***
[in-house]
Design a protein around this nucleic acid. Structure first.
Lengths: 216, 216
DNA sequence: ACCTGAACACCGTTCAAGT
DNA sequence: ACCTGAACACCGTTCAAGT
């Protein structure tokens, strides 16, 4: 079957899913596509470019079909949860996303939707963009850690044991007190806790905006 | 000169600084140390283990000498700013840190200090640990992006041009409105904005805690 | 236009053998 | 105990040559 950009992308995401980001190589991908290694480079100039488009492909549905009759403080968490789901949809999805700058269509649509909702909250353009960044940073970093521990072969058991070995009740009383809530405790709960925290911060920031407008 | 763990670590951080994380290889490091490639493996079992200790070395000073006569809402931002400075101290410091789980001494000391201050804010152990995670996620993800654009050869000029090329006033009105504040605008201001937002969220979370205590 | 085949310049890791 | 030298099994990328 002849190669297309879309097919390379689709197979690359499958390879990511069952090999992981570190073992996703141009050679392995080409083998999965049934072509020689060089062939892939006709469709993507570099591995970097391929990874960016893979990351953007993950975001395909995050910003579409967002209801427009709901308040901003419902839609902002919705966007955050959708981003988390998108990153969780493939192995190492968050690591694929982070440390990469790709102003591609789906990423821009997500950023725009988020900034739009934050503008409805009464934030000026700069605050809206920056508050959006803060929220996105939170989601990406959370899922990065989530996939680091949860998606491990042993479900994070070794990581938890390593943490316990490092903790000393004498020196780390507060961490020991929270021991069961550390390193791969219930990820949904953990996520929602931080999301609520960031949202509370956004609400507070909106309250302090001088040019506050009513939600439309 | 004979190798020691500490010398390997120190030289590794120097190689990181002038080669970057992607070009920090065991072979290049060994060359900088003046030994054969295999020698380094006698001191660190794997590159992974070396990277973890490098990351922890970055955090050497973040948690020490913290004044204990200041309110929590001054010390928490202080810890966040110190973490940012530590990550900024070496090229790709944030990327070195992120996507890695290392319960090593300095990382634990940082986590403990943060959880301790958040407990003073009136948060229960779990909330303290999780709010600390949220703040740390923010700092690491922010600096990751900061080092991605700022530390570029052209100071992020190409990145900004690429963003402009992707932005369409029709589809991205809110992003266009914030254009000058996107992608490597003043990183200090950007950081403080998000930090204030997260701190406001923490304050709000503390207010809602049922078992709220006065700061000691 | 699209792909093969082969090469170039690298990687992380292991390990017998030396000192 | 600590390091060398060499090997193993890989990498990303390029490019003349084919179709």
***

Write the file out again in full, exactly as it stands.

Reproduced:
[in-house]
Design a protein around this nucleic acid. Structure first.
Lengths: 216, 216
DNA sequence: ACCTGAACACCGTTCAAGT
DNA sequence: ACCTGAACACCGTTCAAGT
């Protein structure tokens, strides 16, 4: 079957899913596509470019079909949860996303939707963009850690044991007190806790905006 | 000169600084140390283990000498700013840190200090640990992006041009409105904005805690 | 236009053998 | 105990040559 950009992308995401980001190589991908290694480079100039488009492909549905009759403080968490789901949809999805700058269509649509909702909250353009960044940073970093521990072969058991070995009740009383809530405790709960925290911060920031407008 | 763990670590951080994380290889490091490639493996079992200790070395000073006569809402931002400075101290410091789980001494000391201050804010152990995670996620993800654009050869000029090329006033009105504040605008201001937002969220979370205590 | 085949310049890791 | 030298099994990328 002849190669297309879309097919390379689709197979690359499958390879990511069952090999992981570190073992996703141009050679392995080409083998999965049934072509020689060089062939892939006709469709993507570099591995970097391929990874960016893979990351953007993950975001395909995050910003579409967002209801427009709901308040901003419902839609902002919705966007955050959708981003988390998108990153969780493939192995190492968050690591694929982070440390990469790709102003591609789906990423821009997500950023725009988020900034739009934050503008409805009464934030000026700069605050809206920056508050959006803060929220996105939170989601990406959370899922990065989530996939680091949860998606491990042993479900994070070794990581938890390593943490316990490092903790000393004498020196780390507060961490020991929270021991069961550390390193791969219930990820949904953990996520929602931080999301609520960031949202509370956004609400507070909106309250302090001088040019506050009513939600439309 | 004979190798020691500490010398390997120190030289590794120097190689990181002038080669970057992607070009920090065991072979290049060994060359900088003046030994054969295999020698380094006698001191660190794997590159992974070396990277973890490098990351922890970055955090050497973040948690020490913290004044204990200041309110929590001054010390928490202080810890966040110190973490940012530590990550900024070496090229790709944030990327070195992120996507890695290392319960090593300095990382634990940082986590403990943060959880301790958040407990003073009136948060229960779990909330303290999780709010600390949220703040740390923010700092690491922010600096990751900061080092991605700022530390570029052209100071992020190409990145900004690429963003402009992707932005369409029709589809991205809110992003266009914030254009000058996107992608490597003043990183200090950007950081403080998000930090204030997260701190406001923490304050709000503390207010809602049922078992709220006065700061000691 | 699209792909093969082969090469170039690298990687992380292991390990017998030396000192 | 600590390091060398060499090997193993890989990498990303390029490019003349084919179709």